Scribble Away!

Possible Classroom Concepts: Fine Motor Skills, Social Studies – Countries Around the World (Japan)

Language Arts: Literature

Possible Art Concepts: Art History – Jackson Pollock, Jay Dart, Wassily Kandinsky, Sally Muir

Elements of Art – Line, Texture, Styles of Art – Abstract (Objective and Nonobjective)


I was recently perusing Amazon looking for an art related gift for a toddler. Frankly, there wasn’t much out there for kids at the scribble stage. I found some finger paints and a sad looking sticker activity that I would never buy. Then, the other day, the wonderful blogger vlogger art teacher, Cassie Stephens, mentioned the picture book  I’m NOT just a Scribble… by Diane Alber. I immediately looked up the book and was blown away. This book is “NOT just about scribbling”. It’s also about feelings, acceptance, and friendship. It comes with a sticker sheet so that readers can create their own Scribble creatures. I can see this book being read and enjoyed by children aged one to seven. Go to Alber’s Facebook page to learn more about the importance of the scribble stage and see a video version of her book. See what you think.


Diane Alber is a parent who was inspired by her son’s scribbles. This reminds me of  artist, Jay Dart, who incorporates his son’s scribbles into some of his drawings. I Spy here  the drawings with scribbles which become the northern lights, a rock to climb or fish from. What a great way to record both artist’s progress. I wish I had thought of that when my girls were young. Alas, I do have the scribbles incorporated into this post as a gift from one of my three daughters though. Not sure which one, made the wonderful markings in the empty journal I keep on my dresser. Thanks whichever of you did. What a treat!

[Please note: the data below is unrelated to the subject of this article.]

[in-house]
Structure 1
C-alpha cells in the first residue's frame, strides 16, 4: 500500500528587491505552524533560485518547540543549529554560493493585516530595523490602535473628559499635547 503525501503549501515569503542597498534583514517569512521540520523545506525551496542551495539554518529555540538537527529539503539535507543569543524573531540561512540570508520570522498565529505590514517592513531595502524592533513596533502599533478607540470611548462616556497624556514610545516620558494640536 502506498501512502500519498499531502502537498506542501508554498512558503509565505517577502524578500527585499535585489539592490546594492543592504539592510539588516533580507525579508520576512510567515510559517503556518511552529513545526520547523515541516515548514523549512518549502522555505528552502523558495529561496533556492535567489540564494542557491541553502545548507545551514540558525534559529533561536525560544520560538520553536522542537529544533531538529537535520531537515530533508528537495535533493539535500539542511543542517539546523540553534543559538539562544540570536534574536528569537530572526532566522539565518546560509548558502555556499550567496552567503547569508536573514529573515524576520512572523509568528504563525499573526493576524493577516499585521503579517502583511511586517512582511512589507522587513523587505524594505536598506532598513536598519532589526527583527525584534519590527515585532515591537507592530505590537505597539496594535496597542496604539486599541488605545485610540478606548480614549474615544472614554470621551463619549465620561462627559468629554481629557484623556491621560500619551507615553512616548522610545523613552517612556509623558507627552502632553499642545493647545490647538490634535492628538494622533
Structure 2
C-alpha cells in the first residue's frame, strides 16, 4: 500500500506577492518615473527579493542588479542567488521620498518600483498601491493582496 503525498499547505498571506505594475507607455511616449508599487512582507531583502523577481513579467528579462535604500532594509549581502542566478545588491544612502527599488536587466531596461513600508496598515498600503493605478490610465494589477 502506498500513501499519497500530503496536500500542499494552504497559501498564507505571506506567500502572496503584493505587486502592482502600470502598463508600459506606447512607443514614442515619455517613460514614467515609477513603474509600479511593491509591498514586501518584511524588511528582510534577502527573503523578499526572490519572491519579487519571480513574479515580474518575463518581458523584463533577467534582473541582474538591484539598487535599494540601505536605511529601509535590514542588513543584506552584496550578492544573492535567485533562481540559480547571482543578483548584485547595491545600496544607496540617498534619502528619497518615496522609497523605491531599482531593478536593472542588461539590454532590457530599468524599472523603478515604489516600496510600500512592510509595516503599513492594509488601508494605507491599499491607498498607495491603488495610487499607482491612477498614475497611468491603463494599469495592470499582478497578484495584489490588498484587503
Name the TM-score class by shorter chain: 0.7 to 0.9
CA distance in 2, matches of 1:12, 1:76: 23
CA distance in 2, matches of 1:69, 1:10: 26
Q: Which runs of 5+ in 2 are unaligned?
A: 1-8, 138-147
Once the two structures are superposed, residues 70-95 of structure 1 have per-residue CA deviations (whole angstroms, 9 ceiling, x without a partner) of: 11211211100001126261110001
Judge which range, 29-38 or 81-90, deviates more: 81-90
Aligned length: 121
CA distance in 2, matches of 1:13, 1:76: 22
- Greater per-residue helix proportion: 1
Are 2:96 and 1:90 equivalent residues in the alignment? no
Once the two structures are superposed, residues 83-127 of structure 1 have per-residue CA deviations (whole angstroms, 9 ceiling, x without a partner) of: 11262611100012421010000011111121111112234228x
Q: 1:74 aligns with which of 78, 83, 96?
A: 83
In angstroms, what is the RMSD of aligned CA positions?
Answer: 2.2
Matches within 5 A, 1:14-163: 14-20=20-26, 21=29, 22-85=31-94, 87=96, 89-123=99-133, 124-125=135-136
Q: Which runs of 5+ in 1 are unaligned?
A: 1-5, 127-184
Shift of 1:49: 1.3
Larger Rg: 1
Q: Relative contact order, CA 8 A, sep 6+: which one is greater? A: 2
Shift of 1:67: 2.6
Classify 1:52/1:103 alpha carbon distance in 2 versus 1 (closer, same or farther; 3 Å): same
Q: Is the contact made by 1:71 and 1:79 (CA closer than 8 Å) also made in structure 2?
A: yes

A famous artist’s work that looks a lot like scribbles is that of Jackson Pollock.  He literally scribbled in the air with very thin paint that dropped on a canvas on the floor. This is probably why his paintings were dubbed “Action Paintings. Look here to see his Autumn Rhythm (Number 30). Find a Mati and Dada video explaining Pollock’s process here.

Older students can create art with scribbles as well. In my teaching days, I’d have students break up their picture plane with a large scribble. Then, just as we tried to find images in the clouds as kids, I’d ask them to find images in the scribbles. See a couple examples of this process done by Art Mash here. I also like these Japanese koi fish made from a looped scribble taught by Art Project Girl. If you click on Cassie Stephen’s name above, you will find another scribbled line lesson about Wassily Kandinsky‘s work. I love how she incorporates the definitions of objective abstraction and nonobjective abstraction in her lesson. Students can also make close scribbles to create a furry textured animal shape like artist, Sally Muir, did for this dog. Create some really cool accidental scribbles with these Spin-Art Dreidels by Crafts by: Esther O .


So, whether for fine motor skills, literature or creativity,  I say “Keep Calm and Scribble On!” What do you say? I’d love to hear. Simply click on the post’s title and scroll down to the comment section. If you like what you’ve seen here, please feel free to toss me a “like” or better still become a follower.

Thanks so much for reading. Hope you’ll stop by again real soon!

And Let the Games Begin!

Possible Classroom Concepts: Social Studies – Cultures Around the World (Korean), Natural Resourses

Mathematics – Geometry

Possible Art Concepts- Fine Motor Skills – Paper Folding

Medium – Ceramics, Paper Folding, Decoupage, Paper Clay, Paper Mache